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chris

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Does gravity lag behind objects?
« on: 22/02/2010 10:30:03 »
chris  asked the Naked Scientists:
   
I understand that gravity is thought to propagate at the speed of light.

Consider two large bodies moving initially at the same high speed and
parallel to one another, close enough to exert a gravitational
attraction and far enough away from other bodies that they can be
considered isolated.

Now there will be a gravitational attraction between the two bodies drawing them together. But surely the direction of the vectors of attraction would lag slightly behind the actual position of the bodies if gravitational attraction has finite speed.

This would over a long period of time result in an overall slowing down
of the bodies.

-------------------------------------------------------------------
Additional Notes;

You could say that as the bodies moved closer together they lose
potential energy and gain kinetic energy. When they finally hit, the
energy becomes mostly heat and possibly some angular momentum. But you should still end up with a very large composite object moving at the same speed as the original ones.

Assuming gravity does have a finite speed, surely there are implications
for orbital systems as well....perhaps we would incorrectly estimate the
amount of mass in a far-off system as a result of this effect?

------------------------------------------------------------------

The above seems counter intuitive so have I made a mistake, what have I missed or is it just true that this is a known problem?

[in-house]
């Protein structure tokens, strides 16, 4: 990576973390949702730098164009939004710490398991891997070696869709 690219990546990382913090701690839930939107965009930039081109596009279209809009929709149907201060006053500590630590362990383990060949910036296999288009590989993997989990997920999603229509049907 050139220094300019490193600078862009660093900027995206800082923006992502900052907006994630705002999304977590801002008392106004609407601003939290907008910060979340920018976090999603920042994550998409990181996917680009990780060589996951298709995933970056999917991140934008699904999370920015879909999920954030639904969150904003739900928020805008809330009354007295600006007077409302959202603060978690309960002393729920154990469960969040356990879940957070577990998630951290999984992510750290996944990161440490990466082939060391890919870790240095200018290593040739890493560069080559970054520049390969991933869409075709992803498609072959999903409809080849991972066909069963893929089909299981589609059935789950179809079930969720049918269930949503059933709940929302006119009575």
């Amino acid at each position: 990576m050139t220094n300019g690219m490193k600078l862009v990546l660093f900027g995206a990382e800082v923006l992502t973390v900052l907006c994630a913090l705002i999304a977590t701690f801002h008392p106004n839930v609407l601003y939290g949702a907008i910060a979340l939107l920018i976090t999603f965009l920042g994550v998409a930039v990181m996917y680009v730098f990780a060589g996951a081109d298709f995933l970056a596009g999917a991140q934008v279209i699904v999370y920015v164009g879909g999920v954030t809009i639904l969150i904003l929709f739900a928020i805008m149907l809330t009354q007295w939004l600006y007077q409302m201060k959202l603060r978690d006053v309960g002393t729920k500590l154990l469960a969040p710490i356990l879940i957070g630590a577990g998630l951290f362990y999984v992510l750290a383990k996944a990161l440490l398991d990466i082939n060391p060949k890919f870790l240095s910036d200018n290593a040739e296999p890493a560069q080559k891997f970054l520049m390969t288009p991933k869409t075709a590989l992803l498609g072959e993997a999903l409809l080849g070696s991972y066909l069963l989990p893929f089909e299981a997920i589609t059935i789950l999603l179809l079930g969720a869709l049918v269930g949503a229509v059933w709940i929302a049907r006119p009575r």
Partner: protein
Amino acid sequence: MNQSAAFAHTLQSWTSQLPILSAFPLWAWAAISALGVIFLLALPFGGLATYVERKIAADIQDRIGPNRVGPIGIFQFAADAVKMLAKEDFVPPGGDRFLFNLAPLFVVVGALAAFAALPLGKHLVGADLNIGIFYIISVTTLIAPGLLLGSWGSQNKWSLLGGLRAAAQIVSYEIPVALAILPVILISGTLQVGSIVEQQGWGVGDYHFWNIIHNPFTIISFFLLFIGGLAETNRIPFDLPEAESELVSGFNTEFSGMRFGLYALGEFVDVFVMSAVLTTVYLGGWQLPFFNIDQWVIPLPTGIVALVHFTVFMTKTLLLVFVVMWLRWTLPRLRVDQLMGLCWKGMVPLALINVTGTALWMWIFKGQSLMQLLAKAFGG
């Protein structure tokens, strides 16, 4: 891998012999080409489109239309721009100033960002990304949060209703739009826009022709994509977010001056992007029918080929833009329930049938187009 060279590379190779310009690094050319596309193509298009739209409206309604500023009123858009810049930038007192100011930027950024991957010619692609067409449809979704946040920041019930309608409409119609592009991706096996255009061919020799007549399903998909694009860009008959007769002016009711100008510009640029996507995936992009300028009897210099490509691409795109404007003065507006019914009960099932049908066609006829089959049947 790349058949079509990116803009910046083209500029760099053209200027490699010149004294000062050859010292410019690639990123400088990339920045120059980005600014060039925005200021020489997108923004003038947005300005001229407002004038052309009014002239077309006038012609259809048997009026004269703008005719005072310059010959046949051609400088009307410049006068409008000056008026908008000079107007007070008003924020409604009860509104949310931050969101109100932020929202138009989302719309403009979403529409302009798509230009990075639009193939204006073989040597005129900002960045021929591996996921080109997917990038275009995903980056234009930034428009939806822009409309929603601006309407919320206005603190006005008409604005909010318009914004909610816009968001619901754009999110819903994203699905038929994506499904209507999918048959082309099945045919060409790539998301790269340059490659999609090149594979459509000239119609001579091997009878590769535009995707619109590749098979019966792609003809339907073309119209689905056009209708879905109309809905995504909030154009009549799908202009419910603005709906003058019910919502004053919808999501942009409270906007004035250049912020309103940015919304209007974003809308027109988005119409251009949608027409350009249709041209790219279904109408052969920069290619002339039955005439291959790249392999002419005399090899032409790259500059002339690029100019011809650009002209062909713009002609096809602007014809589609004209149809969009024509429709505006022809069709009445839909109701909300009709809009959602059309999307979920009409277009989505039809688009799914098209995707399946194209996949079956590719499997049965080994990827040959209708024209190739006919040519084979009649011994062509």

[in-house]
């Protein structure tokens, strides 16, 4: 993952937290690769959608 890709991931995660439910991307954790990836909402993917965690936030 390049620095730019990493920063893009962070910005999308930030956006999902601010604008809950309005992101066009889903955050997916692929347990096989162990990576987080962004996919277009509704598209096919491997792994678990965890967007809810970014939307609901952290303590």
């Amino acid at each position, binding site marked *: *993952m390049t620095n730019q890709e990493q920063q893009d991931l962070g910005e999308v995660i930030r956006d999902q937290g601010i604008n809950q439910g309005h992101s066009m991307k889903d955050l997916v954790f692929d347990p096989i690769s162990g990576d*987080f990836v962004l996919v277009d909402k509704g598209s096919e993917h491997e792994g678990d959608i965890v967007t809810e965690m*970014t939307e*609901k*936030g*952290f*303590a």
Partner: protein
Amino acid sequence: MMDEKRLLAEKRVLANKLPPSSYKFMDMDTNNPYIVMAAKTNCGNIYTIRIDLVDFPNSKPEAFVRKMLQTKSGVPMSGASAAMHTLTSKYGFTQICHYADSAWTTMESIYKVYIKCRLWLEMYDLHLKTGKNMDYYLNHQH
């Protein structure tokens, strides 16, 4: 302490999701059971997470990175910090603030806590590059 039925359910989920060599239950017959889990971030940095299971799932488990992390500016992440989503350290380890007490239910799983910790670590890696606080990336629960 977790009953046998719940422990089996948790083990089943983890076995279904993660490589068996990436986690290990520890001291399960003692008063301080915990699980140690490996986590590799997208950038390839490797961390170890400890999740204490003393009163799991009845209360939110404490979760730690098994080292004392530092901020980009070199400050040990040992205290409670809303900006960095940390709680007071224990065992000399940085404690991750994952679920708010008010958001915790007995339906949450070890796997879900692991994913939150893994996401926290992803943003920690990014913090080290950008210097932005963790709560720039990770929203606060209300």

Thanks

Chris

What do you think?
« Last Edit: 22/02/2010 10:30:03 by _system »


 

Offline LeeE

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Does gravity lag behind objects?
« Reply #1 on: 22/02/2010 23:06:24 »
An interesting question  :)

The first thing that comes to mind though, is that the two bodies share the same inertial frame of reference, so as far as they're concerned, they're both stationary and thus will simply move towards each other.

The second thing is that gravity doesn't radiate, like light from a light bulb.  When you turn a light on light starts radiating away from the light bulb and lights up the room, and when you turn it off the room becomes dark again but with gravity, as soon as there is any mass present there'll be a gravitational field: if gravity worked like light then just the presence of the light bulb would light the room and there'd be no turning it on or off.

Gravity waves are believed to propagate at the speed of light, but gravity waves are changes in gravity, not just the presence of gravity.  If you could teleport a lump of matter into some 'empty' space then a gravity wave would be produced when the matter suddenly appeared but you wouldn't get any more gravity waves until the mass changed e.g. when you teleported it away again.

Having said all that, a distant observer would see things a bit differently.  They would observe a gravity wave as the two masses zipped past them, but they'd also see a few other phenomena too, including the possibility that both masses, if traveling fast enough, might have apparently collapsed into black holes due to foreshortening increasing their apparent density, combined with relativistic mass increase.  They might see some relativistic frame dragging effects too.
 

Offline yor_on

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Does gravity lag behind objects?
« Reply #2 on: 23/02/2010 04:48:59 »
Depends? don't it?
Not what LeeE wrote, but you can have different scenarios.

Like both objects accelerating uniformly at the same velocity.
Then you would also have a frame at rest with each other, but the gravity well would now be 'displaced' behind them (the rockets), and any vectors drawn would point to a place behind your combined frame depending on acceleration, as i understands it that is.